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Google Updates and SERP Changes - September 2017

     
10:45 am on Sep 1, 2017 (gmt 0)

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System: The following 4 messages were cut out of thread at: https://www.webmasterworld.com/google/4860963.htm [webmasterworld.com] by robert_charlton - 3:25 am on Sep 2, 2017 (PDT -8)


How do you compare your pages with those in the top 10?


User intent.
12:21 pm on Sept 18, 2017 (gmt 0)

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There's nothing new about forecasts. How do you think hotels, airlines, and cruise lines calculate "dynamic pricing"? For that matter, smart retailers--even small shopowners--were forecasting sales long before computer software came along to help them do it.
Oh, now I feel better, Google is trying to keep their rooms and seats full making them a direct competitor for traffic with 100% control. This verifies the premise that Google is not a search company, but rather an advertising company, which is indeed nothing new.

If Google can forecast your likely pageviews for a given day, based on the data that it has available, wouldn't you prefer to have Google share that information with you than keep it a secret?
No, I'd rather they not use the delta as feedback to control traffic levels, which they very likely do. If I were a young Google algo engineer, I could whip up a great control algo in 2 minutes using this granular data. To me, this data is as useful and transparent as the "don't be evil" statement. We see the effects, but it's not due to anything they are doing, noo! They keep enough secrets, so this little bit of data transparency is laughable.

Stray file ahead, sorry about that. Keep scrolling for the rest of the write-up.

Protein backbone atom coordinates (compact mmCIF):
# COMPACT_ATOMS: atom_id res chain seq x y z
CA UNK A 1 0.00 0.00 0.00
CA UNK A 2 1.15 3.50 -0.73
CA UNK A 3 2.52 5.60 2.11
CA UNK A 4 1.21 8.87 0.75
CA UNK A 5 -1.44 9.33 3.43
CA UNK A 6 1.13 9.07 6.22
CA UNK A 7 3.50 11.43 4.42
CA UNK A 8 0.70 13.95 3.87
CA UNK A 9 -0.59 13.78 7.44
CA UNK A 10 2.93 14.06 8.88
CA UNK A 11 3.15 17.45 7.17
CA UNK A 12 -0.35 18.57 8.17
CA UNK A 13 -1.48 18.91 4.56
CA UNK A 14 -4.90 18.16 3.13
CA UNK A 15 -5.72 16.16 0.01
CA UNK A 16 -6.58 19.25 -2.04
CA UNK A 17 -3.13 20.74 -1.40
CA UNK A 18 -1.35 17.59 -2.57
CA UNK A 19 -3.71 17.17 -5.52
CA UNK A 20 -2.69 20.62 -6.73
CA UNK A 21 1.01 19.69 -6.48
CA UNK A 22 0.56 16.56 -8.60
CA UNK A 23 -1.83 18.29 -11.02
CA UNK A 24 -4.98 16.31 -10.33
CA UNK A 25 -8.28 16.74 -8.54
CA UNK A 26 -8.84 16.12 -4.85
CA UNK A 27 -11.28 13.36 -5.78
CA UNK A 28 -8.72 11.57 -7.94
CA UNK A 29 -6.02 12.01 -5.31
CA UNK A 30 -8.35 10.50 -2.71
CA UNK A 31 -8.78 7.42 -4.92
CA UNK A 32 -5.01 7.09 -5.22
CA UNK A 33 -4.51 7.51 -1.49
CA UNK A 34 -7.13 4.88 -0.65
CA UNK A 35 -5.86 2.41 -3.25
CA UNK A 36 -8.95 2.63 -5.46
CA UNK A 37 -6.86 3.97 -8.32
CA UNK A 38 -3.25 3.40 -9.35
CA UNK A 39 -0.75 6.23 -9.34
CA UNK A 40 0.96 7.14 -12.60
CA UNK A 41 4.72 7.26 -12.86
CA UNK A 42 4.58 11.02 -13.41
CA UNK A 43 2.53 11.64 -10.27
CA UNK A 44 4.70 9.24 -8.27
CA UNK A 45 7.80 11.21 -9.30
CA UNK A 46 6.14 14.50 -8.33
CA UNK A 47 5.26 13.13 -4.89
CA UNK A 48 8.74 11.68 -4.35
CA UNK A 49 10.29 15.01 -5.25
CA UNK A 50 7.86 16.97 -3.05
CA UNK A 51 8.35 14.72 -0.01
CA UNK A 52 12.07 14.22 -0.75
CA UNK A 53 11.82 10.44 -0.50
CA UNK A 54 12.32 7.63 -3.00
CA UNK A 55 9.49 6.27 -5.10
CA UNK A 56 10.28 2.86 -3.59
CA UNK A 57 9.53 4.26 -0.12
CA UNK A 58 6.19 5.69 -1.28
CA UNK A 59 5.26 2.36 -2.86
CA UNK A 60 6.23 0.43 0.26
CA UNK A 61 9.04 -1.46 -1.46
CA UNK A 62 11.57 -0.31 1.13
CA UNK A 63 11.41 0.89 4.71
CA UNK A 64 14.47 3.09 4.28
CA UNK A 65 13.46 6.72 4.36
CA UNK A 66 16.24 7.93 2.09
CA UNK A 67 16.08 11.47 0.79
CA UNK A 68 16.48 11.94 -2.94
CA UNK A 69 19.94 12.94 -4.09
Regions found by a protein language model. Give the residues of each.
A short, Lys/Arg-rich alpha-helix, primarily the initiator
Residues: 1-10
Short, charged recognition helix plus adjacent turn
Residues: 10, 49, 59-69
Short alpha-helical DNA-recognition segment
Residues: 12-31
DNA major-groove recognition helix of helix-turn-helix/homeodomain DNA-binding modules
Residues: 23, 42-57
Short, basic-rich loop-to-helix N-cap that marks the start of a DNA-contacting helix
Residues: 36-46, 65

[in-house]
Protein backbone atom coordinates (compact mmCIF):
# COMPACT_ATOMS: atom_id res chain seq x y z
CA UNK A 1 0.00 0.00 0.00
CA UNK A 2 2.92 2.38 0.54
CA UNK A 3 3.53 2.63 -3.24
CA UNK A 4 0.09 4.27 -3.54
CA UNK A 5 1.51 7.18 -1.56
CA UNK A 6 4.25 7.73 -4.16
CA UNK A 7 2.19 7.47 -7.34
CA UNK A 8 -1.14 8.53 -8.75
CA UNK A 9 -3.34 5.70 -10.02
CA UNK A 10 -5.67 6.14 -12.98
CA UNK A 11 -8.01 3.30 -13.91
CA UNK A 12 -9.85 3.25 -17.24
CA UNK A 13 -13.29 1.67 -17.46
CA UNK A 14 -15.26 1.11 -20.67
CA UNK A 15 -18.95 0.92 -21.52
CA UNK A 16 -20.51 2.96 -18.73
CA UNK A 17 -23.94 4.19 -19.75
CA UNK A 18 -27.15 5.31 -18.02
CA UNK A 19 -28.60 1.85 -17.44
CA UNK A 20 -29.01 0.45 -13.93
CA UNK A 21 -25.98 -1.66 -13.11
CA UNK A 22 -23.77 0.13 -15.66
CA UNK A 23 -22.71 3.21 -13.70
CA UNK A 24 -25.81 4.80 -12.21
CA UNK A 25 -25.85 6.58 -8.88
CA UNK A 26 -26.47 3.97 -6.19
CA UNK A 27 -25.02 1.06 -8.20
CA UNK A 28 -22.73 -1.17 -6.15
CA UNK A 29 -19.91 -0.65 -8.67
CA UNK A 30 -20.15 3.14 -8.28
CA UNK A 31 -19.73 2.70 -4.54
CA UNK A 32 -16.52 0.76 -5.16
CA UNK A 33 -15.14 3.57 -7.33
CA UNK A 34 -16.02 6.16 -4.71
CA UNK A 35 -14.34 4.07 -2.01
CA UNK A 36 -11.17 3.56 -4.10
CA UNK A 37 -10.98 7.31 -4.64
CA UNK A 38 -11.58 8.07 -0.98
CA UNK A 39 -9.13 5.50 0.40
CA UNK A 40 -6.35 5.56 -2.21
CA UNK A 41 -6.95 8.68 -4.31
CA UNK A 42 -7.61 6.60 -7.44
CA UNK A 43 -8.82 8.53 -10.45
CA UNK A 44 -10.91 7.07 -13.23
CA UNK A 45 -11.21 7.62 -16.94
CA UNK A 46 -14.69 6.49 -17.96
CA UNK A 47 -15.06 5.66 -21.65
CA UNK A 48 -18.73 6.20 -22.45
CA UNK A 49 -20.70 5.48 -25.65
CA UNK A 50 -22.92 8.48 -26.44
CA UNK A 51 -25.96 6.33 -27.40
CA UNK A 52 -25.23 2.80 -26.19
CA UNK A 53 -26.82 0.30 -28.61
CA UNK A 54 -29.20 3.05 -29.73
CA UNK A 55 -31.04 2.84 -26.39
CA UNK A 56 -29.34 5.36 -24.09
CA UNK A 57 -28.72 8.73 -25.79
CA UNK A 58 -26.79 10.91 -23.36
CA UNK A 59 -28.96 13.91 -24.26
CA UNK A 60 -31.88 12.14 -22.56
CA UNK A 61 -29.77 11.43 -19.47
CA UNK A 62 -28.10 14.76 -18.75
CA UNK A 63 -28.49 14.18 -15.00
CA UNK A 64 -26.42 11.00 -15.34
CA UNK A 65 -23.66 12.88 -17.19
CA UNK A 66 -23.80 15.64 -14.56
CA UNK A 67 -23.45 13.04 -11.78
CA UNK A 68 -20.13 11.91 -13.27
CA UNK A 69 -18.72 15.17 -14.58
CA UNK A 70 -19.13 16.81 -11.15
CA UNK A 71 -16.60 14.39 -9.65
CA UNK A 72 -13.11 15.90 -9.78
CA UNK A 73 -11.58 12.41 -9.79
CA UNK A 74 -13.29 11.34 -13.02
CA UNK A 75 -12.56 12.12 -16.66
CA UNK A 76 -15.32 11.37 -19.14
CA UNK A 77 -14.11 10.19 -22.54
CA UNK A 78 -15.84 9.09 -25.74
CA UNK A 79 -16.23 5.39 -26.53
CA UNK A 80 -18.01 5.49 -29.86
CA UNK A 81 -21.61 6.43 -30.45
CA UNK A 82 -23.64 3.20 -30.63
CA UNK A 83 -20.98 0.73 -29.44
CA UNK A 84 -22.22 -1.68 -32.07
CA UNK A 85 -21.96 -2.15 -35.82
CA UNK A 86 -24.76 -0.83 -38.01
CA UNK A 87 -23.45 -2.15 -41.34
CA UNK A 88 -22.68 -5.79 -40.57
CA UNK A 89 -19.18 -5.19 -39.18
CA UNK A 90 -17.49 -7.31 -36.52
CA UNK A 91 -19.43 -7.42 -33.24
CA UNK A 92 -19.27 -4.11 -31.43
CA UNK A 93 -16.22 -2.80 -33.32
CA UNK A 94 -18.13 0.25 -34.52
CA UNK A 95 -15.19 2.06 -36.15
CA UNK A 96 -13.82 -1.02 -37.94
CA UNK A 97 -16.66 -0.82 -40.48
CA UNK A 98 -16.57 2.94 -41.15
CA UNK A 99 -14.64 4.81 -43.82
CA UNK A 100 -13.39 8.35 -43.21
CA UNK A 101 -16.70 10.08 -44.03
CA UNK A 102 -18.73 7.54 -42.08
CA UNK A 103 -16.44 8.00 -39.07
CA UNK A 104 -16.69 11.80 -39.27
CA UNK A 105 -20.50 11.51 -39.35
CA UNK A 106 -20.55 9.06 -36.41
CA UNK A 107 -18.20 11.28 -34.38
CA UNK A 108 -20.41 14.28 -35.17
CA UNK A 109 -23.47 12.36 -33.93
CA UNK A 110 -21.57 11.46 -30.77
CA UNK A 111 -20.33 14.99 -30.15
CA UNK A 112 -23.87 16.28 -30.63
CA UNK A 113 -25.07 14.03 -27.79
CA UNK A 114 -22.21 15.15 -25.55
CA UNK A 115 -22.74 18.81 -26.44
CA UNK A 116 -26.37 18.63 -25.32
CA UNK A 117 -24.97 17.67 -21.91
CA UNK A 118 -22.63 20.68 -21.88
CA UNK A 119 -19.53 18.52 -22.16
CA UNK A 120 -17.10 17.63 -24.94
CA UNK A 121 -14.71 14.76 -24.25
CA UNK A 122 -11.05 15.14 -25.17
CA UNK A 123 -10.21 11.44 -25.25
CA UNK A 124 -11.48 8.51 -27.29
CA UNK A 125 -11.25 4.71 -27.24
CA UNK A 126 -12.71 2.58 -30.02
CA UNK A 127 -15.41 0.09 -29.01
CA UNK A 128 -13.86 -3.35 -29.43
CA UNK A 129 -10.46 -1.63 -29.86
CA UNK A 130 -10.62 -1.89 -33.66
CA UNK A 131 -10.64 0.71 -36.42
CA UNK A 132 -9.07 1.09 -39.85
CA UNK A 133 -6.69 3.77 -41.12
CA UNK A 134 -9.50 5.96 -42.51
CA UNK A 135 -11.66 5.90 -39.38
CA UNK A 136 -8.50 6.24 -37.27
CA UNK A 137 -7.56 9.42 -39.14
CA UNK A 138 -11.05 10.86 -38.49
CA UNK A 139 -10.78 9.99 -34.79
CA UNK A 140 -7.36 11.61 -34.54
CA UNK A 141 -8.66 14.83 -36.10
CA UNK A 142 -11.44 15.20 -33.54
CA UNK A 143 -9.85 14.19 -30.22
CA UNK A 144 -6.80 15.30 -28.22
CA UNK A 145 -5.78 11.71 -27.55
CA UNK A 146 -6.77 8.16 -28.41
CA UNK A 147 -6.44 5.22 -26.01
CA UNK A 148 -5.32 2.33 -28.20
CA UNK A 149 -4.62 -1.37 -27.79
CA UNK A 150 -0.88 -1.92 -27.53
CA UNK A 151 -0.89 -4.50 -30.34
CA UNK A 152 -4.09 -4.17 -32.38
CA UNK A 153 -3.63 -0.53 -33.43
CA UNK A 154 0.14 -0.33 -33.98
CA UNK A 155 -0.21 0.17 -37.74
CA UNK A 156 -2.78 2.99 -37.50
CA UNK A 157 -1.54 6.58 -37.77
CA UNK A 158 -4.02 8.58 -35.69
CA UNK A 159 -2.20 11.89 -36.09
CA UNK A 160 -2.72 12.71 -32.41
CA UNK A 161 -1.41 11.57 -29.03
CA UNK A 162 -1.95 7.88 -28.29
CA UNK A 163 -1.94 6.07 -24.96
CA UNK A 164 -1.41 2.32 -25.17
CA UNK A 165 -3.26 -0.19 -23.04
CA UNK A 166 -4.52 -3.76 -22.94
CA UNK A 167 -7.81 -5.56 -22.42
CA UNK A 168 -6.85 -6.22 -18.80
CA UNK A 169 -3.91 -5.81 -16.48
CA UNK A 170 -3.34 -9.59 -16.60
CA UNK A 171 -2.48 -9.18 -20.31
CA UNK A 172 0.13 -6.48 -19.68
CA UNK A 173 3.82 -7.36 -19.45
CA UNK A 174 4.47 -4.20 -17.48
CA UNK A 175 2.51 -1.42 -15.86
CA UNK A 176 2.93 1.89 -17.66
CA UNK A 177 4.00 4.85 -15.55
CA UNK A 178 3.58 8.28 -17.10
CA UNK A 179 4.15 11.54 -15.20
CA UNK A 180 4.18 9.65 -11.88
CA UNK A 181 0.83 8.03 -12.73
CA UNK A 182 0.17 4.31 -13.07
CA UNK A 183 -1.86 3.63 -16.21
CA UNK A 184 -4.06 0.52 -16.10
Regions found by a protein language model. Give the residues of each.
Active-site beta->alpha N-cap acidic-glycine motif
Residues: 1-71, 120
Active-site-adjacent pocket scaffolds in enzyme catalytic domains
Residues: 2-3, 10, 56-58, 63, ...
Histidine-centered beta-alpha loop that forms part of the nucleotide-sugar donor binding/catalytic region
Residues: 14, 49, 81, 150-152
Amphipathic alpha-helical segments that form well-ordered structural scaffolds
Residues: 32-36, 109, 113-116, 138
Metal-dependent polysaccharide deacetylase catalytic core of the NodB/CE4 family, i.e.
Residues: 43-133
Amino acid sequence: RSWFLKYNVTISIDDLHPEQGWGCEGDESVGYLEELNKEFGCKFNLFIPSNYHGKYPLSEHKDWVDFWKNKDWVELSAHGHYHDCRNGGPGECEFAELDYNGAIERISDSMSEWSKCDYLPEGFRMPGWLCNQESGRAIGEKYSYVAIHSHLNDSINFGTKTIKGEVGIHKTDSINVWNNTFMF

12:37 pm on Sept 18, 2017 (gmt 0)

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Total drop in traffic with sessions down over 20% on the week. Must be that "anomalous" overshoot of 4.3 clicks that triggered the hammer. Over the week, data insights were all sunshine and unicorns, yet end of week tally is a loss. smh - perhaps it was the hurricane murmuration. lol
2:21 pm on Sept 18, 2017 (gmt 0)

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-34% here for the week which just so happens to be precisely the same metric v September 2016.

Whatever Google is having a cull of is working beautifully, for them.
3:01 pm on Sept 18, 2017 (gmt 0)

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@redbar - pretty much the same pattern here too with an apparent annual washout % factor added in. That washout trend (aka "slow death") started about 7 years ago. Prior to that is was always upward trends year to year. Ah, but that was then, this is now. Sorry, I'm preaching to the choir again.
3:21 pm on Sept 18, 2017 (gmt 0)

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No conversions from Google in a day and a half. Meanwhile Bing and Yahoo traffic is converting in its expected range. Amazon sales have increased, which may be an indicator that Google has turned up the dial to give Amazon even more visibility in the SERPS.
3:35 pm on Sept 18, 2017 (gmt 0)

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One specific thing I have noticed is that my example.co.uk sites have hardly been affected in the G.uk SERPs, the huge drops I have experienced have all been with my .in and .asia sites. My .com sites registered and hosted in the UK have also definitely been affected and one specific site, a .com for an Indian site, has all but been wiped out in the G.com SERPs whereas it's doing fine in G.in.

I have a feeling there is a dumba$$ at Mountain View who feels that .in, .asia, .uk sites should only be shown in their own specific SERPs since they have absolutely nothing to do with international trade and only US .coms are allowed to be exporters across EVERY .tld.

This is not just my feeling, many of the webmasters in my widget trade have experienced the same, consequently they too are wondering what the heck is going on since no matter what they do they continually lose traffic just like myself.